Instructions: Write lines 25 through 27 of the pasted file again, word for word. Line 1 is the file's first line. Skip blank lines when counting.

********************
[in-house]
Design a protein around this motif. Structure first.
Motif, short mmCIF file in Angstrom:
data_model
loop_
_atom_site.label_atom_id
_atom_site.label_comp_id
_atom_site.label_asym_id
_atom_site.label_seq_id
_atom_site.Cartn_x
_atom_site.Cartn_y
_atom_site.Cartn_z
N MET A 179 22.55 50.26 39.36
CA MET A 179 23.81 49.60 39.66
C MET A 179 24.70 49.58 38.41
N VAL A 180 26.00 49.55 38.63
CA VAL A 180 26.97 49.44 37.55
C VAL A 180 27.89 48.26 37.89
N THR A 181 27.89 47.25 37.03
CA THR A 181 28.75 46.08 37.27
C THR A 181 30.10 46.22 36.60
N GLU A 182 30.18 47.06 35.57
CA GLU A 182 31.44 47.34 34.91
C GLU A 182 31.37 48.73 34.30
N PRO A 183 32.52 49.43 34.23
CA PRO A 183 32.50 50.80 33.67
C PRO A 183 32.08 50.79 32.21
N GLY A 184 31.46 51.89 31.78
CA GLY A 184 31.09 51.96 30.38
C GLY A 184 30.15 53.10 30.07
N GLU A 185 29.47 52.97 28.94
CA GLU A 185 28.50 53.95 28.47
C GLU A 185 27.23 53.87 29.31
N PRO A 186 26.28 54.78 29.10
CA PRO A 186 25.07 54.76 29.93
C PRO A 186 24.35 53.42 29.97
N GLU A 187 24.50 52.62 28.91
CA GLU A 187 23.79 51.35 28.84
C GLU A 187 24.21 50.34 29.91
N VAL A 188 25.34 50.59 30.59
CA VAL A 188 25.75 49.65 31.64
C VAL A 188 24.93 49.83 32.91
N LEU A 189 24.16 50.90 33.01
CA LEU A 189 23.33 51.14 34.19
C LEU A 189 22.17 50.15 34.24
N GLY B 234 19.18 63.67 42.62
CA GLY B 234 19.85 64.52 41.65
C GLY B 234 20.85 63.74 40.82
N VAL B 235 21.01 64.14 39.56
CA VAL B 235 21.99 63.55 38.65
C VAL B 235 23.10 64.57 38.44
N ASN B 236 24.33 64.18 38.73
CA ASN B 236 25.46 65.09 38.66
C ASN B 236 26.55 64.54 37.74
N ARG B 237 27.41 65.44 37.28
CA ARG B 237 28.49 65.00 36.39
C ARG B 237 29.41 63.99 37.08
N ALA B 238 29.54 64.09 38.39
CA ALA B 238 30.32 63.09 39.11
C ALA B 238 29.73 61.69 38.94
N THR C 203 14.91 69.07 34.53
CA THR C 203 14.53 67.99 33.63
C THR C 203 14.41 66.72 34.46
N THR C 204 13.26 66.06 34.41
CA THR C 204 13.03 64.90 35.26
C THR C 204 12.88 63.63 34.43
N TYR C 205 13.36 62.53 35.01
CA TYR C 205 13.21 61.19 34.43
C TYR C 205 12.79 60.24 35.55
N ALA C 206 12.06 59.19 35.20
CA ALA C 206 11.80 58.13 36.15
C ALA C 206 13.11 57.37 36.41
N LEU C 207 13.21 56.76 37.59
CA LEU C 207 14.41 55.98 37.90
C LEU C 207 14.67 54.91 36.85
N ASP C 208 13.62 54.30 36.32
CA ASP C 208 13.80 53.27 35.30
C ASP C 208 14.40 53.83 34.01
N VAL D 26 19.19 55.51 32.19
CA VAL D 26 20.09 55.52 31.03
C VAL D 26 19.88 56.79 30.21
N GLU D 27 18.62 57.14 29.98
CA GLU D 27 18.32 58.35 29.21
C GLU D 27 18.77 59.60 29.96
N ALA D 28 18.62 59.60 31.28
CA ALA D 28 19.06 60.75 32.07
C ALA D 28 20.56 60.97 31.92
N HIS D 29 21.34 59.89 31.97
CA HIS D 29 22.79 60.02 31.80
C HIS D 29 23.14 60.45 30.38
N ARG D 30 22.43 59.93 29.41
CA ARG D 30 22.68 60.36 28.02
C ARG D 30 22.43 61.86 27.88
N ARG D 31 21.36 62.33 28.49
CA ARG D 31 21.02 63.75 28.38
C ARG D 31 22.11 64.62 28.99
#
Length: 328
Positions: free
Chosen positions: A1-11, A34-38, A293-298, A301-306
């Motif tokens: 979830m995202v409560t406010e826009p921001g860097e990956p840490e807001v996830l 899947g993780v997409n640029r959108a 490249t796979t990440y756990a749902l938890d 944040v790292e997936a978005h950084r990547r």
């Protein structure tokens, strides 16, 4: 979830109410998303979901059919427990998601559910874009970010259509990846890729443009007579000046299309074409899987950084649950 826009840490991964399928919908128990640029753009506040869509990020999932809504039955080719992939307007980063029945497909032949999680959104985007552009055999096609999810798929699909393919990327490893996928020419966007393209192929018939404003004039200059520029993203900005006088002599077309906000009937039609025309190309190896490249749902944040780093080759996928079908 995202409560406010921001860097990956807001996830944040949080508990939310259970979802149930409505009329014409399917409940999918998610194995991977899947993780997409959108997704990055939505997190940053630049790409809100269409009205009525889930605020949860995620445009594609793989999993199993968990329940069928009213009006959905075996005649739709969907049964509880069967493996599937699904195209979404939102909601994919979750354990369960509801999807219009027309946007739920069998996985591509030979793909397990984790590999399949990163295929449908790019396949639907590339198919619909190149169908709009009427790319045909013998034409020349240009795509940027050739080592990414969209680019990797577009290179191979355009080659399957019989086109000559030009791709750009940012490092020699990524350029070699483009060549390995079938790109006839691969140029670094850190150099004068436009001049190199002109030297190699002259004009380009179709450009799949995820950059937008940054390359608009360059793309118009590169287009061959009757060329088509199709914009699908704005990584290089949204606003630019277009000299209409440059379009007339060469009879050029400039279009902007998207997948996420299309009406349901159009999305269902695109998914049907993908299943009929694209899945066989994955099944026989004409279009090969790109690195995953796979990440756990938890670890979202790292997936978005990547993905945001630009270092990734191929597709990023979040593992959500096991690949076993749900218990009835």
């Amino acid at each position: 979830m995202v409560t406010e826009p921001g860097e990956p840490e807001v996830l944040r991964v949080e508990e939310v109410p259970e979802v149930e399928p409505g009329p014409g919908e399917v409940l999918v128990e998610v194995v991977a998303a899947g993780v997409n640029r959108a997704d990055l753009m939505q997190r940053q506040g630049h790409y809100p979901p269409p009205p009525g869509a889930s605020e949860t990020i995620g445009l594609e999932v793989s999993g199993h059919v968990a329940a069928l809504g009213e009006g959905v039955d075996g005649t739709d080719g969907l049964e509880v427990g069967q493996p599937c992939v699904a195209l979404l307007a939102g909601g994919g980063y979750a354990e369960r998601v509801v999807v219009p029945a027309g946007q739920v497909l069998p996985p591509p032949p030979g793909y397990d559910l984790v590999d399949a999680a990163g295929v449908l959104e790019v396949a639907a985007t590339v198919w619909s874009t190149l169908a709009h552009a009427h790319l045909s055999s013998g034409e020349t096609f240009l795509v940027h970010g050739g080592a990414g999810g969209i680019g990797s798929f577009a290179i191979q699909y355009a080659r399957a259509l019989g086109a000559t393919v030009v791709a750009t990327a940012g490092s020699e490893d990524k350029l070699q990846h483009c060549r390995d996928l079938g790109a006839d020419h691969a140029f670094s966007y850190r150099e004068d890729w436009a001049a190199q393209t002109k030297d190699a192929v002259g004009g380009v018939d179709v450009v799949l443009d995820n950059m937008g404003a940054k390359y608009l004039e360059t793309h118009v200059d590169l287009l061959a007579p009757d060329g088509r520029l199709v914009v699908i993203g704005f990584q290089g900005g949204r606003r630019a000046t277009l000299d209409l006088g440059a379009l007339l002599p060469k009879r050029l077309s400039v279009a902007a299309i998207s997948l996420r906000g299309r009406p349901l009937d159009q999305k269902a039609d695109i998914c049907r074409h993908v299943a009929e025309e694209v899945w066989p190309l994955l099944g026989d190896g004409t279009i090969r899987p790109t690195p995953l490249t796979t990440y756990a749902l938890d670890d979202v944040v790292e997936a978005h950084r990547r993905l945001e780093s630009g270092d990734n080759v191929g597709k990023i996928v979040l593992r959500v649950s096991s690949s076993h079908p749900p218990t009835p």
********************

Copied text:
N PRO A 183 32.52 49.43 34.23
CA PRO A 183 32.50 50.80 33.67
C PRO A 183 32.08 50.79 32.21